Déborah Rouach, co-founder and co-director of the Gender In Geopolitics Institute
Kirthi Jayakumar, policy analyst and researcher, specialized in Women, Peace, Security & Feminist Foreign Policy
The world needs an effective and inclusive WPS Agenda to prevent conflicts
Twenty-three years ago, an epoch-making resolution shaped the course of global action and advocacy around the rights of women against sexual violence in armed conflict. Resolution 1325, adopted in October 2000, was a major milestone in the global women’s movement. It established the Women, Peace, and Security (WPS) Agenda, and called for the protection of women in armed conflict, the prevention of sexual violence in armed conflict, the increased participation of women in peace processes and conflict resolution programs, and relief and recovery for survivors of sexual violence in armed conflict.
Even as the UN began addressing gender equality through world conferences from 1975, and the Fourth World Conference on Women in Beijing in 1995, culminated in the adoption of the Beijing Declaration and Platform for Action, the Rwandan Genocide and the Bosnian War following the Fall of the former Yugoslavia brought to light an issue that had gone unaddressed: the large-scale prevalence of sexual violence in armed conflict and the exclusion of women from formal peace processes.
Resolution 1325 effectively arrived on the backs of women from the majority world. Women had, for very long, been resisting colonialism, militarism, and patriarchal systems and structures that had written them out. For example, women in Latin America questioned the military about those that had been forcibly disappeared in their lives. Women had been calling for disarmament and brokered peace through track two processes. The resolution was sponsored by Namibia and adopted under the Bangladeshi Presidency of the UN Security Council in 2000.
However, in its implementation, the WPS Agenda has been piecemeal at best. Practice suggests that states implement the agenda through National Action Plans – which are oftentimes outward facing undertakings that tend to define actions and events in other countries. This has led to the tokenization of women, the conflation of “sex” and “gender,” the lack of intersectionality, and the tendency to pinkwash military interventions. This points to the ignorance of gender as a mechanism that produces social hierarchies and the lack of dedicated focus on dismantling militarized masculinities inherent in our understanding of “security.”
The values at the core of power and war: dismantle toxic masculinity
The WPS Agenda is part of a divided world, however one element goes beyond any social, political, geographical or cultural disparity: toxic masculinity. This notion is at the core of power, militarism and international relations, it sets the tone of political norms favoring domination, violence and misogyny. International relations and diplomacy are not gender-neutral territories. On the contrary, they are the result of a male-only perspective. As a result, women’s and minorities rights are constantly under attack.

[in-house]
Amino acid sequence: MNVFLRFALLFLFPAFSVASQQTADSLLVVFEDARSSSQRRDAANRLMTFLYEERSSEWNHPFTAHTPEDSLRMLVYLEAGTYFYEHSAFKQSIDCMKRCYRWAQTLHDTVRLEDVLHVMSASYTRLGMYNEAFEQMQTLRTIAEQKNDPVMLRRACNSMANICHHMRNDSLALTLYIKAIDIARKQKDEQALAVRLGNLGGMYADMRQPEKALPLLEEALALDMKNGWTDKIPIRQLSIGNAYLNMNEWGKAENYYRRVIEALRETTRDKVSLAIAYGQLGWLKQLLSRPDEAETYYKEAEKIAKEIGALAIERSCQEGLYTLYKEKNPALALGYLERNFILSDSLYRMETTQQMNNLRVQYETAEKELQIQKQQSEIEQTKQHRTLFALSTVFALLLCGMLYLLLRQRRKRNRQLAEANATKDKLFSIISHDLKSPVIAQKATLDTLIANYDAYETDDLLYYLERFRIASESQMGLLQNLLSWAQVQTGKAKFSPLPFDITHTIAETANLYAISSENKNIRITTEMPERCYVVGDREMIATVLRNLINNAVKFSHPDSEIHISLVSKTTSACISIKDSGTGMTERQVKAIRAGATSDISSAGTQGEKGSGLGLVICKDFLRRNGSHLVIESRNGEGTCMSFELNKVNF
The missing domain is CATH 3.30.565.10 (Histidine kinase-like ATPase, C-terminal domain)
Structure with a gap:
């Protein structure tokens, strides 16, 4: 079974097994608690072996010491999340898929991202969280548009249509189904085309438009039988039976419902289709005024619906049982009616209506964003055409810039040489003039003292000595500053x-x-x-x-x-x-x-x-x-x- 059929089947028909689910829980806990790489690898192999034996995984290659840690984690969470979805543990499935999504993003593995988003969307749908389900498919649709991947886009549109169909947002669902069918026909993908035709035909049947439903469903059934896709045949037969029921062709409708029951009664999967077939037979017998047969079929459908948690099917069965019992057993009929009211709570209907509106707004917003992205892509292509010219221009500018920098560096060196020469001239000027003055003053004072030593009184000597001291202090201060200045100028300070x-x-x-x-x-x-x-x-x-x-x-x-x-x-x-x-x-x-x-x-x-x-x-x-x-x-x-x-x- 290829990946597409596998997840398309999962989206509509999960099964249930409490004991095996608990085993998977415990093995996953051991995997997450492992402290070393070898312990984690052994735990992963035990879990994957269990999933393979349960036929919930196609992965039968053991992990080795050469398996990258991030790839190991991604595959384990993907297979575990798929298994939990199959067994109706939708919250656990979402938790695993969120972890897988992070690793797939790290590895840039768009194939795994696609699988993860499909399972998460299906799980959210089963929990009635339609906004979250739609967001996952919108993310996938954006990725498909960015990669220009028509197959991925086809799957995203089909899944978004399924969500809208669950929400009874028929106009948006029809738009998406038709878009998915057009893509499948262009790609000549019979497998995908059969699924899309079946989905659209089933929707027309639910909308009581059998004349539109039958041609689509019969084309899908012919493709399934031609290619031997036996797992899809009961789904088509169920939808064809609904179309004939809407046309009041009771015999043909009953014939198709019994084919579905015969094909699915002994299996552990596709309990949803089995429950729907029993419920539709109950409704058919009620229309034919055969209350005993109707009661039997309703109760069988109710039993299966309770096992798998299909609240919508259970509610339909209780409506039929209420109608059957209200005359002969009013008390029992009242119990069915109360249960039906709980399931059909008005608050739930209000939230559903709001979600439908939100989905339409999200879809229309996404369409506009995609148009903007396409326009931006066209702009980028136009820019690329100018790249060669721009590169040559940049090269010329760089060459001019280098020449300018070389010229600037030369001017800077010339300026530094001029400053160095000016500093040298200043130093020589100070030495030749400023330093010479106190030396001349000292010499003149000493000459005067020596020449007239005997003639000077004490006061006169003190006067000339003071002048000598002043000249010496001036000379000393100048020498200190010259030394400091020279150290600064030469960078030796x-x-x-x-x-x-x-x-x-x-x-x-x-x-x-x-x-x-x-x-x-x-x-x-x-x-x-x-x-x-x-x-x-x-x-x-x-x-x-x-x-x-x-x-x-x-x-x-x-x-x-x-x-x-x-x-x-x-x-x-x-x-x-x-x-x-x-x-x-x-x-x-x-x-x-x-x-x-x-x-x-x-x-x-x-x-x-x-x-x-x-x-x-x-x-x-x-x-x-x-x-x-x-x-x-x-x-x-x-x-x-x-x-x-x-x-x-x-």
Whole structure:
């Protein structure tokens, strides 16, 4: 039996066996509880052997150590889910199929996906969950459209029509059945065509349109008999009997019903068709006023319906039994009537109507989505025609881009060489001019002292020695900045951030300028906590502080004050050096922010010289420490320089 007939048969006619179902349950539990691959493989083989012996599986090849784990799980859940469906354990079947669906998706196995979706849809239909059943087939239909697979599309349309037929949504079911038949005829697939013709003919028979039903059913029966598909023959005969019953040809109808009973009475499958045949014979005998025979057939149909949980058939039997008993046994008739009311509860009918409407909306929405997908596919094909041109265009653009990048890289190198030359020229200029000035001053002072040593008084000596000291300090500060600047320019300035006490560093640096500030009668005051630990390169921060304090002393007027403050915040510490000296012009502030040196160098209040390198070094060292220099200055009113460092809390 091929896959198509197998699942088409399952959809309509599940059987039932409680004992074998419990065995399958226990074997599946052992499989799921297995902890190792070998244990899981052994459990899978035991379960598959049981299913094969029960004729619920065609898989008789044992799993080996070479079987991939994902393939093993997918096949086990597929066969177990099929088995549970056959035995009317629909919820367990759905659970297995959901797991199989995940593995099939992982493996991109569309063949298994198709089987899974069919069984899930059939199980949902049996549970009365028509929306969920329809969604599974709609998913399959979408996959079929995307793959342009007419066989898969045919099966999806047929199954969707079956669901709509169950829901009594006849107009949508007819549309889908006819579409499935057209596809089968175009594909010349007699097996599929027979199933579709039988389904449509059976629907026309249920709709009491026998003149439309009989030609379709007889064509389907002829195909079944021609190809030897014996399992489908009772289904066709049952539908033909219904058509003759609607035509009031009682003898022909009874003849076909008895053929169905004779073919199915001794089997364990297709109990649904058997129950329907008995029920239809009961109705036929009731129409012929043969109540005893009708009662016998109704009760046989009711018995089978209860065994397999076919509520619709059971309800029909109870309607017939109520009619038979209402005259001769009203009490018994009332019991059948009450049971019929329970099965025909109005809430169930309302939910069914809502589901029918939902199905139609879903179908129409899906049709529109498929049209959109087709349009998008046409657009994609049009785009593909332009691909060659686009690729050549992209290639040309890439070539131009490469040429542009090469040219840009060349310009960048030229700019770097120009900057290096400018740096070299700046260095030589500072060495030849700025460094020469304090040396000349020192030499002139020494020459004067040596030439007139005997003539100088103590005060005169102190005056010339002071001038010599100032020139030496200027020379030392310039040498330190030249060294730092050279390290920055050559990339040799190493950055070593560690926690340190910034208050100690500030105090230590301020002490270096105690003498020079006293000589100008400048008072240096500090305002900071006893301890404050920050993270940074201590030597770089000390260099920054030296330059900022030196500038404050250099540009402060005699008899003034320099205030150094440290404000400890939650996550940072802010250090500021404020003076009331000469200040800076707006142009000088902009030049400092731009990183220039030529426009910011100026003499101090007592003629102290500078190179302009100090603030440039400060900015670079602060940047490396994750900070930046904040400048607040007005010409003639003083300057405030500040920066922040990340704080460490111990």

In the context of conflict, toxic masculinity has concrete negative impacts. This nourishes relationships of domination to establish one superiority over the other, favoring violence and placing a certain category of men as the only possible decision-makers. In short, this fuels conflicts and hinders peace negotiations. Thus, the rise of masculinist, anti-rights and conservative governments, be it in Haiti, Honduras, Italy, Poland, Turkey, Egypt, South Korea, India, Uganda, Kenya, is a direct threat to democracy and world peace.
In these circumstances, what can be undertaken to make our societies fairer, more equalitarian and peaceful?
First, the patriarchal, discriminatory and militaristic model on which our societies are based must be rethought. Establishing gender equality and women’s rights and fighting discriminations should become political and geopolitical priorities. Why is that ? Because it has been proven that to face ongoing and coming global issues, and to reach the Sustainable Development Goals, it is imperative to achieve gender equality.
Conflicts raise the question of the reconstruction of societies following armed struggles. The meaningful participation of women in official negotiating roles or through their actions at the local level contributes to the maintenance and better implementation of sustainable, inclusive international peace and security where humans are placed at the heart of the social project. Including women and their perspectives means acting for structural changes and ensuring that a greater diversity of priorities are taken into account for the construction of a democracy that guarantees human rights and the development of society as a whole.
Without integrating the experiences of marginalized or discriminated people, it is illusory to claim to offer concrete and adapted solutions to rebuild a society and fight against inequalities. To act for the common good, women must be stakeholders in the actions carried out, in the debates, in the solutions, and therefore be at the same time designers, actors and recipients of this vision of the common good. It is an essential element to protect and guarantee democracy. Because there is no democracy without women and LGBTQ+ people.
An effective and inclusive WPS Agenda includes a transformative approach of our societies in order to address the root of systemic discriminations. In this regard intersectionality appears to be a key factor in guaranteeing the post-conflict reconstruction of democratic and egalitarian societies that leave no one behind.